Equations (3)–(5) indicate that the formation ability of Fe-based products on MPC could depend on the products of carbonization. As a matter of fact, a lack of water vapor could not completely convert the FeCl3 reactant into Fe-based products. Hence, the existence of Fe-based matters in nonwashed and washed MPC-R0.2–2.0 h was explored by XRD (Figure 1). Both samples showed characteristic peaks at 30.40, 35.32, 53.48, 56.96, and 62.44° indexed to the (220), (311), (422), (511), and (440) planes of Fe3O4 (JCPDS 19-0629), respectively. Similarly, a small peak at 44.79° from the (110) plane of zero-valent Fe0 (JCPDS 006-0696) was observed in both samples. Reversely, the washed MPC sample lost obvious characteristic peaks at 31.73 and 45.45°, which could represent (113) and (116) planes of residual FeCl3 (ICDD 00-001-1059) [5356]. In addition, the brown color of freshly precipitated Fe(OH)3 was observed by adding the nonwashed MPC-R0.2-2.0 h sample to an aqueous NaOH solution (Figure 2(a)). pH measurements of the mixture also revealed an acidic medium caused by Fe3+ leaching. To ensure that all residual FeCl3 was removed from MPC, washing was repeated until the solution was colorless with the NaOH test (Figure 2(b)) and neutral with the pH test. In later parts, only washed MPC samples were used.

3.1.2. Effect of Pyrolysis Time on XRD Patterns of MPC

As presented in Figure 3, Fe3O4 and Fe0 crystals were formed in all MPC samples prepared from different pyrolysis time. With high intensity of sharp peaks, Fe3O4 could be the major Fe-based product. A minor part of Fe3O4 could be further reduced into Fe0 over carbon base. As the pyrolysis time rose from 0.5 to 2.0 h, the formation of Fe3O4 crystals was slightly improved. Reversely, a longer pyrolysis time at 4.0 h did not actually yield better Fe3O4 crystals but seemed to enhance Fe0 crystals. These Fe3O4 crystals might also be converted into other materials in crystal or amorphous phases. The biomass carbonization might be complete, and prolonging pyrolysis time might not offer more substances for converting FeCl3 into Fe3O4, except for carbon. This finding has been discussed in such reports [20, 57].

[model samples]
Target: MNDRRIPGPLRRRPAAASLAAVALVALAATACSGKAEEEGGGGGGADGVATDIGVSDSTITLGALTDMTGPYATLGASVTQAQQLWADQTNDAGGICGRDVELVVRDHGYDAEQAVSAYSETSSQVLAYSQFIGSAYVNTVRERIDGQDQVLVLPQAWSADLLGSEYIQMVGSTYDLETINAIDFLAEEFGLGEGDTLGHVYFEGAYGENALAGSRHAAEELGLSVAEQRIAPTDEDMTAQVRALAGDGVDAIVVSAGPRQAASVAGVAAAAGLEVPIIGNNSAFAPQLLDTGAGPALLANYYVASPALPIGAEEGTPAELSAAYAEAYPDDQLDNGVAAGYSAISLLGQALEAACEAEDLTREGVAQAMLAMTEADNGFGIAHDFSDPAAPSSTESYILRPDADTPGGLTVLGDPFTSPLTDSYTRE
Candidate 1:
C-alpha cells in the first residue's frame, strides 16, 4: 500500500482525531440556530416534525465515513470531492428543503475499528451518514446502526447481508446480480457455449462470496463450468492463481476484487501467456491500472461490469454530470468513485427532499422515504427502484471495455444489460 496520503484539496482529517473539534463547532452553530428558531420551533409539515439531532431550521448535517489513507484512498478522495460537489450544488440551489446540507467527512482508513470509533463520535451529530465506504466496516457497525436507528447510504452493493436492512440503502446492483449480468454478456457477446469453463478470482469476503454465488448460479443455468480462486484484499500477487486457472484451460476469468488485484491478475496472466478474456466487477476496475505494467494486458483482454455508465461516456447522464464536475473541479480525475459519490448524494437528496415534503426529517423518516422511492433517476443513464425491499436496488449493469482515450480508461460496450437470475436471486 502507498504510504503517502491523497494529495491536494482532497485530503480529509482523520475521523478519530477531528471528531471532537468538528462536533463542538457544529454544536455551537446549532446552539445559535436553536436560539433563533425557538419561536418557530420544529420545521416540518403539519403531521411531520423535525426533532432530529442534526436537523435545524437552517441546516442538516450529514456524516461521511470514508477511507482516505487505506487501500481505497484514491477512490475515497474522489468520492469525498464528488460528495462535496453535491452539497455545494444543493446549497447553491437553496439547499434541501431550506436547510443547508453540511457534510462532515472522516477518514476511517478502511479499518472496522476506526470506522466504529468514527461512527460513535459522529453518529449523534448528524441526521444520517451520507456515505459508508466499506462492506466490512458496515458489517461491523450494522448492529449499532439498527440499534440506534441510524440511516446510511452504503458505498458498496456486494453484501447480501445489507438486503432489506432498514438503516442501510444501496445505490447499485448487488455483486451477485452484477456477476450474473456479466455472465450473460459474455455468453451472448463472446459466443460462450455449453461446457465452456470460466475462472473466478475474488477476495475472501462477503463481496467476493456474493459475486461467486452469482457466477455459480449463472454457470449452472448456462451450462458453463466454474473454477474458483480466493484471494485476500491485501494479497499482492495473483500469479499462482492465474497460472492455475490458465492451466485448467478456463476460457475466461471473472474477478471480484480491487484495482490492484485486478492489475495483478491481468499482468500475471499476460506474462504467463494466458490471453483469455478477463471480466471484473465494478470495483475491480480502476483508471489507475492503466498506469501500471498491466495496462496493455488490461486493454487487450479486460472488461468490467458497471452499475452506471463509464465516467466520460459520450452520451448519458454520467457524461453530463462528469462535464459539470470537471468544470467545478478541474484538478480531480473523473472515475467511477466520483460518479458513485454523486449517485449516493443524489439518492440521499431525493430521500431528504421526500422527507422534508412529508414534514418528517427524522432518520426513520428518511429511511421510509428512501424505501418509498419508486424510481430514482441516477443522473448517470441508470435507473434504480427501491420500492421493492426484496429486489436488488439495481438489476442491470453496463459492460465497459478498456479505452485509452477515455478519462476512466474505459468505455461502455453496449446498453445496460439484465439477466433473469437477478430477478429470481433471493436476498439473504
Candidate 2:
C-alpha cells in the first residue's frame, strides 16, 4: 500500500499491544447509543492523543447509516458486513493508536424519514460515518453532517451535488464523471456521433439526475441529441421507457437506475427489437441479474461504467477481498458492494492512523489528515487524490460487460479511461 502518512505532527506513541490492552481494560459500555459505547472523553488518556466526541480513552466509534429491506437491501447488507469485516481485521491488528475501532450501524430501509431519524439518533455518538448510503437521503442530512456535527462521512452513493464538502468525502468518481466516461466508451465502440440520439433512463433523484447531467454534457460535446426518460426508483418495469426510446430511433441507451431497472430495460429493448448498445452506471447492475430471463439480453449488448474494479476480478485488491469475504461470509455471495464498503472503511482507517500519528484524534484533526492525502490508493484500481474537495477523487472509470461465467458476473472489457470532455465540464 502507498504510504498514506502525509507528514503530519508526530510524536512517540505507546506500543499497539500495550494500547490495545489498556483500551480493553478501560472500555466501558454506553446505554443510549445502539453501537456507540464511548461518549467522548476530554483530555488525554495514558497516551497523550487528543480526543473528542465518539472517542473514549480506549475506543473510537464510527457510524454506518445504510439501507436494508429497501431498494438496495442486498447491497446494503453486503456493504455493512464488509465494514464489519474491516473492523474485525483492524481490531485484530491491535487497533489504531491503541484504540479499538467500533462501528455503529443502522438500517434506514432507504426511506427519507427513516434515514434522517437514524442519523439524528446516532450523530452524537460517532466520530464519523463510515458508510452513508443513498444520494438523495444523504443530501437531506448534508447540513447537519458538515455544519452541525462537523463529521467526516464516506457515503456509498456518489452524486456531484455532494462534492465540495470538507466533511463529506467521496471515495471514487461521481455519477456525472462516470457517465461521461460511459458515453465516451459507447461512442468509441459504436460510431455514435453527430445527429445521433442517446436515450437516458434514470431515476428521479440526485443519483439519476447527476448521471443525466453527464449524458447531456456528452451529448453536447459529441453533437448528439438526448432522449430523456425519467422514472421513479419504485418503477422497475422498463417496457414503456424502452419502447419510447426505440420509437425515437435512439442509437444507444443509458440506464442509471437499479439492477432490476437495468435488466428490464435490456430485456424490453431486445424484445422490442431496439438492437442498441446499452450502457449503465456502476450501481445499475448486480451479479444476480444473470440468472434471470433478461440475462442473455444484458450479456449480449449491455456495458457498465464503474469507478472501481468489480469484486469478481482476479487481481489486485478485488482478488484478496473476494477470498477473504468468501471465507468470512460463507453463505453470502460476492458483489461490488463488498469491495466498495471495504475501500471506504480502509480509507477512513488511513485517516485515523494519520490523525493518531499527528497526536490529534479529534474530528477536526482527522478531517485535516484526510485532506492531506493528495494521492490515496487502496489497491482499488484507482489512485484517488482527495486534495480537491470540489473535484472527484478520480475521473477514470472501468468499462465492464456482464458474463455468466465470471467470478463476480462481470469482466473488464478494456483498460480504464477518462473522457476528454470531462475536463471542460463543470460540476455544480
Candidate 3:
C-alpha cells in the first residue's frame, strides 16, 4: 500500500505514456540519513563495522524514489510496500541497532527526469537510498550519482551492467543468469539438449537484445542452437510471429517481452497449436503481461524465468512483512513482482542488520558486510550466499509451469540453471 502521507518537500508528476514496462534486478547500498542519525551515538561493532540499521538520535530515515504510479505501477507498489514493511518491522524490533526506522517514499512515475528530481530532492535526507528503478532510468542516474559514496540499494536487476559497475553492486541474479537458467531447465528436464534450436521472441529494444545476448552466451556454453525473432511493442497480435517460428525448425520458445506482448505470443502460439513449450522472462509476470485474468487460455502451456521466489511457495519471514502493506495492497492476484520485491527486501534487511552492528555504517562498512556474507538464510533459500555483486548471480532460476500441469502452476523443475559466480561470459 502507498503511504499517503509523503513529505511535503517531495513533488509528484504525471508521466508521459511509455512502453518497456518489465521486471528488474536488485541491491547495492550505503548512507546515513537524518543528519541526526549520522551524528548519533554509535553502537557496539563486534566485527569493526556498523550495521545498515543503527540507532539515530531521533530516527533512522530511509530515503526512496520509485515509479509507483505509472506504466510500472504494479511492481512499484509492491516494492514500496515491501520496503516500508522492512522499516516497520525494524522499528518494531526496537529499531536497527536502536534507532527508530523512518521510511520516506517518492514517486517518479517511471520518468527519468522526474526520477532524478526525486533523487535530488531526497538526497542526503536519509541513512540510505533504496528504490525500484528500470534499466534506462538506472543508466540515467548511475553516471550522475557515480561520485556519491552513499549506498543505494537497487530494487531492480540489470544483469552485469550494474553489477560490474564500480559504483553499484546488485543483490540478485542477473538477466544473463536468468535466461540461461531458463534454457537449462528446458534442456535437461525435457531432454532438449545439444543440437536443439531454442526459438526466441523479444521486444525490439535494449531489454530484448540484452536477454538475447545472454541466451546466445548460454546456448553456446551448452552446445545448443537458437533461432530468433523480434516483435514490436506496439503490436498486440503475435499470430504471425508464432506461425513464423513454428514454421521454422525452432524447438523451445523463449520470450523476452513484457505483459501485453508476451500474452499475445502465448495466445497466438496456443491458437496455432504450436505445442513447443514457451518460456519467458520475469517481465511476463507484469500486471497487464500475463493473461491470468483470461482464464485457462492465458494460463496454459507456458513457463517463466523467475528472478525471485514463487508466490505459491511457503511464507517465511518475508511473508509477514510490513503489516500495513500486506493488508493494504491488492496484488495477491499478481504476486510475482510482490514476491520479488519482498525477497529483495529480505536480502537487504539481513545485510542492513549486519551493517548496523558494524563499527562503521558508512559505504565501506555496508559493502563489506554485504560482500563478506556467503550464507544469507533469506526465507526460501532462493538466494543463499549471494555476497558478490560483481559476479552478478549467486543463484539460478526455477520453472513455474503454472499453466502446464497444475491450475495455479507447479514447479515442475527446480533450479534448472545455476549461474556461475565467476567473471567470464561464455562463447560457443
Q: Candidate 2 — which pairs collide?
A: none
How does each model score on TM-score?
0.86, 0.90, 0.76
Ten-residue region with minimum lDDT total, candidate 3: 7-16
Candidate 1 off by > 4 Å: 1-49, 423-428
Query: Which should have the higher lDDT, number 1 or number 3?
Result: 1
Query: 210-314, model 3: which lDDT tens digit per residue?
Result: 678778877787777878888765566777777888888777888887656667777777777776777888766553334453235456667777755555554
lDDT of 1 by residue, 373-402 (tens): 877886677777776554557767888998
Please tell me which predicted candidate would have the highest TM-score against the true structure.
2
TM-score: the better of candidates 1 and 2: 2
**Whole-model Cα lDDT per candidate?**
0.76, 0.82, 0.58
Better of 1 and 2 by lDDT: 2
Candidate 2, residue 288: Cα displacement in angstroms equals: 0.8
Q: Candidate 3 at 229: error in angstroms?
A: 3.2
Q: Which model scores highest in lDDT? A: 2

Table 1 showed that the pyrolysis efficiency decreased from 62 to 56% as the pyrolysis time was prolonged from 0.5 to 4.0 h. During pyrolysis, the biomass carbonization, the decomposition of FeCl3, and the activation of porous carbon by Fe-based compounds could release volatile matters such as H2O, CO, CO2, and HCl (equations (3)–(5)), triggering a decrease in pyrolysis efficiency [20]. Nevertheless, there was a very slight decrease in pyrolysis efficiency between 2.0 h (57%) and 4.0 h (56%). The results proved that the pyrolysis was nearly complete after 2.0 h. Overall, the appropriate pyrolysis time for forming Fe3O4 crystals might be around 2.0 h.

3.1.3. Effect of FeCl3/NF Mass Ratio on XRD Patterns of MPC

Figure 4 shows that increasing the FeCl3/NF mass ratio from 0.05 to 0.1 resulted in higher Fe3O4 peaks. However, when the FeCl3/NF mass ratio was increased from 0.1 to 0.2, the trend was reversed. According to Do et al. [36], the lack of water released from the biomass carbonization at high ratios may suppress the conversion of FeCl3 to Fe3O4. Table 1 reveals that the pyrolysis efficiency improved as the FeCl3/NF mass ratio increased. Higher residual solids indicated that reactions occurring during pyrolysis were weakened [20, 36].

3.1.4. Porous Properties of MPC

Figure 5 presents the nitrogen adsorption-desorption isotherm of MPC-R0.1–2.0 h. It is found to be a narrow hysteresis loop at relative pressure (P/Po) from 0.40 to 0.995, possibly relating to capillary condensation in slit-shaped pores [58]. Interestingly, BJH analysis revealed that MPC has a hierarchically micro-meso-macro porous structure. Meso-macropores contribute 0.13 cm3/g, which corresponds to 50% of Vtotal (Table 2). As compared to PC, MPC has a much higher Vmicro but a similar Vmeso-macro. As a result, the SBET and Vtotal of MPC are 330 m2/g and 0.26 cm3/g, which are 2.2- and 1.4-fold higher than those of PC, respectively. These results indicate that the presence of Fe-based compounds could mainly activate micropores during biomass carbonization [35, 36, 59, 60]. Moreover, the one-step strategy increased SBET and Vtotal of MPC, as reviewed before.

3.1.5. FTIR Spectroscopy of MPC